Thats why we encourage play when it comes to design thinking.

During a session with a startup, our client entrepreneurs were having a hard time communicating their idea in a simple way. So we played an exercise of The Martians have Landed.

In this activity, we tell everyone that Martians have landed in the parking lot and are intrigued with what we are designing. Although the Martians cant read or understand our written and verbal language, they are able to digest our ideas through drawings.

The team was given the challenge to help the Martians understand what the product is all about, but by only using visual symbols on one small index card. Oh, and we only gave them 2 minutes to draw.

The results helped our clients quickly identify patterns, themes, and semiotics to focus on. It was fun, playful, and provided some answers we needed from the group within 10 minutes.

Creating Rituals to Deepen Meaning and Build Culture

Were not out to create a cult following (well maybe just a little), but we are interested in creating a culture and shared mental map when it comes to collaborating as group to solve a design challenge.

Rituals are small ceremonial routines that can be used to host deeper and more meaningful interactions with participants of a design sprint. They should be conducted at the beginning and end of a sprint, as well as for each day.

Weve borrowed from our own Agile approach to development to include daily stand-ups where each member shares what they are working on, whats blocking them, and what they plan on doing next. This helps. The standup ritual shouldnt be longer than 10 or 15 minutes. It helps with alignment and prioritization of workflows and gives the team a quick overview on the current status of the work. Weve also incorporated the end-of-day retrospects to find out ways to improve our process for the next day.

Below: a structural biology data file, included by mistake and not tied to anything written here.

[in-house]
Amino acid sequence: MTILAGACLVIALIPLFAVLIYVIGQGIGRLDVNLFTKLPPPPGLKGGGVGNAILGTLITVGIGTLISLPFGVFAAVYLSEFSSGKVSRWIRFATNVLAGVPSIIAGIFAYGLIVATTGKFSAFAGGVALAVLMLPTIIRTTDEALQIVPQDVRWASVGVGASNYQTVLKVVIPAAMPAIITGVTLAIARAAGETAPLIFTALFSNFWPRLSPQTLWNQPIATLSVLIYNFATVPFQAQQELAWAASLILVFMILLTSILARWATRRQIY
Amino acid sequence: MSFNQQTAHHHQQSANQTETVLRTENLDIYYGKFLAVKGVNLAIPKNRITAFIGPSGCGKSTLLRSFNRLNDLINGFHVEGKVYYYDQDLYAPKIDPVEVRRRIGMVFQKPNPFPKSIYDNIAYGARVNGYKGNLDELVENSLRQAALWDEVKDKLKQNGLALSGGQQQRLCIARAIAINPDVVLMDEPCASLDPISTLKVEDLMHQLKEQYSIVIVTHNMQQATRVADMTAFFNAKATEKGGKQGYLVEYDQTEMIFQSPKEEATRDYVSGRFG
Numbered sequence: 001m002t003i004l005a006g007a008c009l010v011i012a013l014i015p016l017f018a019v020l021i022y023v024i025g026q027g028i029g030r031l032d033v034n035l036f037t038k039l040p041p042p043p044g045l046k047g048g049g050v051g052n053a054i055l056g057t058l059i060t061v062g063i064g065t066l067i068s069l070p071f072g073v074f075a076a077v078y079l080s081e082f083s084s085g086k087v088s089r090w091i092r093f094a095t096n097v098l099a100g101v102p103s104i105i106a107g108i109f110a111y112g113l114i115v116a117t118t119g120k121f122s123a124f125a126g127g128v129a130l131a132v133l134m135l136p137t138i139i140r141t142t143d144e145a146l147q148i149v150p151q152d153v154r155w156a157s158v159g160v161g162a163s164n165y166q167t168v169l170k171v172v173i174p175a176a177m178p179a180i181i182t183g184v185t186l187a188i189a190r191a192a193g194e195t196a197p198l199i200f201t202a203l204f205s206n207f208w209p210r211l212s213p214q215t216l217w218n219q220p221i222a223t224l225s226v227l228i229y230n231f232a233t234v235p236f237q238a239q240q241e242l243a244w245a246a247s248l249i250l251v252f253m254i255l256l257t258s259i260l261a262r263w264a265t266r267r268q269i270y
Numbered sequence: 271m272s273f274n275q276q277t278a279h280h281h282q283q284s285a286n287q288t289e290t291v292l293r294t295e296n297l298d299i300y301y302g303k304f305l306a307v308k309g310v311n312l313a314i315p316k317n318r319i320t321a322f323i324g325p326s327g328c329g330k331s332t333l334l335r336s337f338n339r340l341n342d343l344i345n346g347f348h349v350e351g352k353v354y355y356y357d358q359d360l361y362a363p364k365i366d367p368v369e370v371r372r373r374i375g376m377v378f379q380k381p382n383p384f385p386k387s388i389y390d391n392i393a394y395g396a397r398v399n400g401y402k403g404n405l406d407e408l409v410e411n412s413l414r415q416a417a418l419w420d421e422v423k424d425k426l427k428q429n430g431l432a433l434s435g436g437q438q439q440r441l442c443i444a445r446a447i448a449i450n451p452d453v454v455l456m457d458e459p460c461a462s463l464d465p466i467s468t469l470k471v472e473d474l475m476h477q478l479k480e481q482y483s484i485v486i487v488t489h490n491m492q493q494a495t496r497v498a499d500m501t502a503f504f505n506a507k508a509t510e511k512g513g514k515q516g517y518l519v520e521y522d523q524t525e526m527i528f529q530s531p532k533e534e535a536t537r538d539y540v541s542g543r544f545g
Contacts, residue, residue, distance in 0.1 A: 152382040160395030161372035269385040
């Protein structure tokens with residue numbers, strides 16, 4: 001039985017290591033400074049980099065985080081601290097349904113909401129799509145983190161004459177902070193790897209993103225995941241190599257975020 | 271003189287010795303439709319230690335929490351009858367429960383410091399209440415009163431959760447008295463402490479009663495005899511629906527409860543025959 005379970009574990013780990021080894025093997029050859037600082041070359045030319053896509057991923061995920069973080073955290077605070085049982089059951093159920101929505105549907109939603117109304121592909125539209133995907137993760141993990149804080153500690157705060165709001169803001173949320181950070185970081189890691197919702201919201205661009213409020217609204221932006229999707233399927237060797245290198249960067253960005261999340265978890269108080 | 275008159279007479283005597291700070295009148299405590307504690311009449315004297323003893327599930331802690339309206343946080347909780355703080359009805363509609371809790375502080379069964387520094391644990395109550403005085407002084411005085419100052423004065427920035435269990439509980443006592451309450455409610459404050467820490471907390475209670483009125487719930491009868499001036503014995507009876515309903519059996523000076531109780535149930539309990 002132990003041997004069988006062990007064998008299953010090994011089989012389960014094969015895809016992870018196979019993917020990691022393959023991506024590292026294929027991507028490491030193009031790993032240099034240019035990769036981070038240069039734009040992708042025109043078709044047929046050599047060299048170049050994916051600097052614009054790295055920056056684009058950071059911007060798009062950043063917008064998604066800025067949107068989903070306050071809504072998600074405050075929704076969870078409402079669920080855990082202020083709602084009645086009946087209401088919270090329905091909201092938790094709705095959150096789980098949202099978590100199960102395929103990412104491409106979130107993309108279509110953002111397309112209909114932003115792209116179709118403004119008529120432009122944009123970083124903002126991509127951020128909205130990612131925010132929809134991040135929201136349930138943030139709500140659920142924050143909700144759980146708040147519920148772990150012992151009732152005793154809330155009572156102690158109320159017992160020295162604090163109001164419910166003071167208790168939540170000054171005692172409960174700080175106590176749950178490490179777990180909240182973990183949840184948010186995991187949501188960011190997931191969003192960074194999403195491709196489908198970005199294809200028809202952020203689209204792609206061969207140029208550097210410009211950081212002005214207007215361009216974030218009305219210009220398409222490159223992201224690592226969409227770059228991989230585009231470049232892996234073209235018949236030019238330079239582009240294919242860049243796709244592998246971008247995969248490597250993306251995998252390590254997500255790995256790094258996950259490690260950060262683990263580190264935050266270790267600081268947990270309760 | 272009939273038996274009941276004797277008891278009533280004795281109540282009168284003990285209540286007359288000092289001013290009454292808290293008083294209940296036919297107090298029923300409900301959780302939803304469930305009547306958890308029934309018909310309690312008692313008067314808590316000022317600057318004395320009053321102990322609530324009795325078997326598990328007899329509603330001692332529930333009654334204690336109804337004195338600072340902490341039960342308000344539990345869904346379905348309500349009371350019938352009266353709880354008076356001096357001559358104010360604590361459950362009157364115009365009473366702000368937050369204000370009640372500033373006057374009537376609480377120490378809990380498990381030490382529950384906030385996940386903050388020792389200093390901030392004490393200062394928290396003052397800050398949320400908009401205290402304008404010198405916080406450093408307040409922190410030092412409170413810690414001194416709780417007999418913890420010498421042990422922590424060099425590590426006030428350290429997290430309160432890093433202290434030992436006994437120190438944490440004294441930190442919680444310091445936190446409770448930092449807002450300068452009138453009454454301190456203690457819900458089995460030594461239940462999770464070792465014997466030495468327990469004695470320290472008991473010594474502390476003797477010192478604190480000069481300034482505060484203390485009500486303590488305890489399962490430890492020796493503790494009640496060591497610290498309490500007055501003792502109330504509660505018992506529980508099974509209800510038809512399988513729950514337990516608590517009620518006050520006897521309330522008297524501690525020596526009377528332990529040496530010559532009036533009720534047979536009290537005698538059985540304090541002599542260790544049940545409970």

Weve also incorporated daily pitch practices in our design sprints. This helps our clients refine their pitch as the prototype is being developed ??helping them include new ideas and designs in the process. It also helps our design and development team focus on empathizing with the clients vision for the product.

In our final day at our last design sprint, we asked everyone to write down the name of each person on an index card. We then asked them to think about the past week and the relationships built through the process ??looking at each persons strengths and contributions. Then we asked them to come up with an award goes to for each person.

This allowed us to spend the final closing minutes of our design sprint week to express appreciation of everyones contributions. This was very important to us and everyone who participated.

Why?

Design sprints can be difficult and intense. In many cases, participants are thrown into this experience without ever having known or worked with each other before. It helps acknowledge the amount of energy, knowledge, and creativity that has to go into accomplishing design sprint goals.

Also, for many startups and entrepreneurs who come to us for UX design, we understand that for many of them, the whole process is a big step towards realizing their ideas and dreams. This is both exciting and scary. A part of what wed like to do, is help build them build a community around their business ideas by making everyone feel that they are also a part of realizing those dreams.

So keep playing, keep dreaming and come see us when you are ready to make it happen.